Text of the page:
“But this great new open Book of Revelations, full of God’s power and grace, and the wonderful story of what He has done for us sence He wakened the soul of His servant, Columbus, and sent him over the troubled ocean to carry His name into the wilderness, and the strength and the might He has given to us sence as a nation—
“This great object lesson, full of the sperit of prophecy and accomplishment, won’t be here but a few short months.
“And I believe if there could be another chapter added to the Bible this week, and we could have the Lord’s will writ out concernin’ it, I believe it would read—
“’Go to that Fair. Study its wonderful lessons with awe and reverence. Go week days if you can, and if you can’t, go Sundays. And you rich people, who have art galleries of your own to wander through Sundays, and gardens and greenhouses full of beauty and sweetness, and the means to seek out loveliness through the world, and who don’t need the soul refreshment these things give—don’t you by any Pharisaical law deprive my poor of their part in the feast I have spread for both rich and poor.’”
Sez Miss Cork, “I wouldn’t dast to talk in that way, Arville. To add or diminish one word of skripter is to bring an awful penalty.”
“I hain’t a-goin’ to add or diminish,” says Arville. “I hain’t thought on’t. I am merely statin’ what, in my opinion, would be the Lord’s will on the subject.”
But right here the schoolmaster struck in. He is a very likely young man—smart as a whip, and does well by the school, and makes a stiddy practice of mindin’ his own business and behavin’.
He is a great favorite and quite good-lookin’, and some say that he and Lophemia Pegrum are engaged; but it hain’t known for certain.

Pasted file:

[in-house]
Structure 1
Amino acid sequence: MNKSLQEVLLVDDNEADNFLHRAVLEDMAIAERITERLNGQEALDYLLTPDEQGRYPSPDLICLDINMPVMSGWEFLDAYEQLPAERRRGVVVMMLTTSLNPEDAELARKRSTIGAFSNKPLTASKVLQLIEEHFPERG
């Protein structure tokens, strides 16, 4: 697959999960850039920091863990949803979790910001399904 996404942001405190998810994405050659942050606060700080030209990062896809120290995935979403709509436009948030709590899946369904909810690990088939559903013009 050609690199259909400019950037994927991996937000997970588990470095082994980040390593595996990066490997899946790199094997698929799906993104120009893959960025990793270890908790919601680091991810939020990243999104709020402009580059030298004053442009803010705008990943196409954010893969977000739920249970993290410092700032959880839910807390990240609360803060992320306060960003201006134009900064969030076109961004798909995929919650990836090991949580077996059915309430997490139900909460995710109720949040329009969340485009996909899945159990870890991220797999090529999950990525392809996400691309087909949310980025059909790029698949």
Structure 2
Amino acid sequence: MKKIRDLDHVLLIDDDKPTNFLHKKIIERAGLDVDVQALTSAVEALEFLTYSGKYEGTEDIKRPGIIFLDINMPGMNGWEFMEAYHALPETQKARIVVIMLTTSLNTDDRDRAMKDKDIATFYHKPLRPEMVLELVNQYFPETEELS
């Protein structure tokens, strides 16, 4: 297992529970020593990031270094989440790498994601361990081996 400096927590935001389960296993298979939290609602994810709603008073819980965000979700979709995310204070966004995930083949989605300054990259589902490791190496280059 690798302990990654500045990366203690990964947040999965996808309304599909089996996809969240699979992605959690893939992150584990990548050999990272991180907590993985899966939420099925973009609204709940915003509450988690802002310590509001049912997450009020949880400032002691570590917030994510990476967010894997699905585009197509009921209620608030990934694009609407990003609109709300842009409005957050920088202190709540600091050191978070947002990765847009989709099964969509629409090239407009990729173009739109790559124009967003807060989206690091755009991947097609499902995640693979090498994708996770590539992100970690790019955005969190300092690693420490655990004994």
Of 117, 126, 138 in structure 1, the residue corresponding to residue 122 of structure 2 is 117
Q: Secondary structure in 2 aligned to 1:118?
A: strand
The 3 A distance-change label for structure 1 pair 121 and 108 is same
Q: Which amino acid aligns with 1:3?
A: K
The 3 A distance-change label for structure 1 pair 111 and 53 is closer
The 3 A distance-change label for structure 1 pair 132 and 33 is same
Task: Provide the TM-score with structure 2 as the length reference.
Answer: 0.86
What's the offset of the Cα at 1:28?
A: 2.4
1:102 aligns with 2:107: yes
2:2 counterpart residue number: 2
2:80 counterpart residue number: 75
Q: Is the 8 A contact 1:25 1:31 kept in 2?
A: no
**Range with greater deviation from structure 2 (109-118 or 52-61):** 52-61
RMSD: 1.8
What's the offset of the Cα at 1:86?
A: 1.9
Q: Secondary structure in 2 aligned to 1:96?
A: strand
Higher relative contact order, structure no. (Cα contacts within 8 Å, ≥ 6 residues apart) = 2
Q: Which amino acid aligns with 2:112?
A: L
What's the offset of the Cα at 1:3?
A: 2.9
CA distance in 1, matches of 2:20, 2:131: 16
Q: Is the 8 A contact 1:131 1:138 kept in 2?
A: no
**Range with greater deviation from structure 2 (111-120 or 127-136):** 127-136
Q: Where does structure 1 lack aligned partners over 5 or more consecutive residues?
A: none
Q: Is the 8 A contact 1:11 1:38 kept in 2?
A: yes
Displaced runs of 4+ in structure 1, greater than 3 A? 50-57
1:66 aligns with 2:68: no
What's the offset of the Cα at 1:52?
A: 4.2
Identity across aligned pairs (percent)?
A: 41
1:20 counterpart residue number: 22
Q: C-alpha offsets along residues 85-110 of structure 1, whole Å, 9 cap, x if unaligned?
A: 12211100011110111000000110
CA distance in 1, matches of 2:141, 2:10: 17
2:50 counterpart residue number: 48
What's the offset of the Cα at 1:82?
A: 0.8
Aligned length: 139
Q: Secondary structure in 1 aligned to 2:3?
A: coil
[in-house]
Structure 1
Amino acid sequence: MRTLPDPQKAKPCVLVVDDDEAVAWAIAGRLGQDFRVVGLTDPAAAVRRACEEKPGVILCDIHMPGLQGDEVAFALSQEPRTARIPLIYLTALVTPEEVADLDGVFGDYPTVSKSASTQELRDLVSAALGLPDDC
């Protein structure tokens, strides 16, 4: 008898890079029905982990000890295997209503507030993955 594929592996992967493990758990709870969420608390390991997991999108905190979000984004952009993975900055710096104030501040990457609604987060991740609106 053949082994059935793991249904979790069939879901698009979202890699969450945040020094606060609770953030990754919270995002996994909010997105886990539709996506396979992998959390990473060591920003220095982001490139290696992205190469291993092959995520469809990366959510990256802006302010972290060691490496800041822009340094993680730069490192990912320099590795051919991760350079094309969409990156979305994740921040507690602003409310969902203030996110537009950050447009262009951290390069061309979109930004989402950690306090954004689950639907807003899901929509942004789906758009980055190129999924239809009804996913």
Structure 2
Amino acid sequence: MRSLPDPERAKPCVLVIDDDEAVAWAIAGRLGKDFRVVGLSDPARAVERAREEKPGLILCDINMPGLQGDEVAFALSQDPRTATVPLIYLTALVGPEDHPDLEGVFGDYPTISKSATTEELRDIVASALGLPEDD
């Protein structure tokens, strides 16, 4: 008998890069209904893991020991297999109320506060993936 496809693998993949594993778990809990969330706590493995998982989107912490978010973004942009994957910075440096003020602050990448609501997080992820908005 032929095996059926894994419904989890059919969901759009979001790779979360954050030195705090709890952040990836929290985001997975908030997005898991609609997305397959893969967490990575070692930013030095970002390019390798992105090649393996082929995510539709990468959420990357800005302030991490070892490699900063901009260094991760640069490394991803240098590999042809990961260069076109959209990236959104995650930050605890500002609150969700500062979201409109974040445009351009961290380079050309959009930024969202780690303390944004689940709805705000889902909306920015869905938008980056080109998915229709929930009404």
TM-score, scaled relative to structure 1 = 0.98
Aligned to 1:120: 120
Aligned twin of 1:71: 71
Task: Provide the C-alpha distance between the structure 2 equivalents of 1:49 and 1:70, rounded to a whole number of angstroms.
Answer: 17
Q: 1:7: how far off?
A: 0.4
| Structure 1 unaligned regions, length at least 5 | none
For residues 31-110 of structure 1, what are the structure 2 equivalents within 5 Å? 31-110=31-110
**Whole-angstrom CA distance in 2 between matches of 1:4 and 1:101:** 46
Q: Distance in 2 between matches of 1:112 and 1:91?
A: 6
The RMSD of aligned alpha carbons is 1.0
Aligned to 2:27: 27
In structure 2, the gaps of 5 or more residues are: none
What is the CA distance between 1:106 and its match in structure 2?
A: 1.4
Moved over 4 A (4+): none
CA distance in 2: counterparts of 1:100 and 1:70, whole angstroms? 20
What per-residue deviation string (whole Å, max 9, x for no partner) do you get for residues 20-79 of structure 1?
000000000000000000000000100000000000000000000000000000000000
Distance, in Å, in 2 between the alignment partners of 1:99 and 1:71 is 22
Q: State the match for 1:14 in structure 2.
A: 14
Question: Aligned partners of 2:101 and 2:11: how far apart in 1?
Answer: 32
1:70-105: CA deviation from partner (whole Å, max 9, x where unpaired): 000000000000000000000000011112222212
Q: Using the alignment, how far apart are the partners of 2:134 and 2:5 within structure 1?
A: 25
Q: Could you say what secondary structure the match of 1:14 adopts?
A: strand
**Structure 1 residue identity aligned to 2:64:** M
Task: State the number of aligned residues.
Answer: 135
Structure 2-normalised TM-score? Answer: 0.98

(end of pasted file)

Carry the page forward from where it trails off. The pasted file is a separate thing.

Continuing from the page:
He spoke up, and sez he, “There is one great thing to think of when we talk on this matter. There is so much to be said on both sides of this subject that it is almost impossible to shut your eyes to the advantages and the disadvantages on both sides.
“But,” sez he, “if this nation closes the Fair Sundays, it will be a great object lesson to the youth of this nation and the world at large of the sanctity and regard we have for our Puritan Sabbath—
“Of our determination to not have it turned into a day of amusement, as it is in some European countries.
“It would be something like painting up the Ten Commandments and the Lord’s Prayer in gold letters on the blue sky above, so that all who run may read, of the regard we have for the day of rest that God appointed. The regard we have for things spiritual, onseen—our conflicts and victories for conscience’ sake—the priceless heritage for which our Pilgrim Fathers braved the onknown sea and wilderness, and our forefathers fought and bled for.”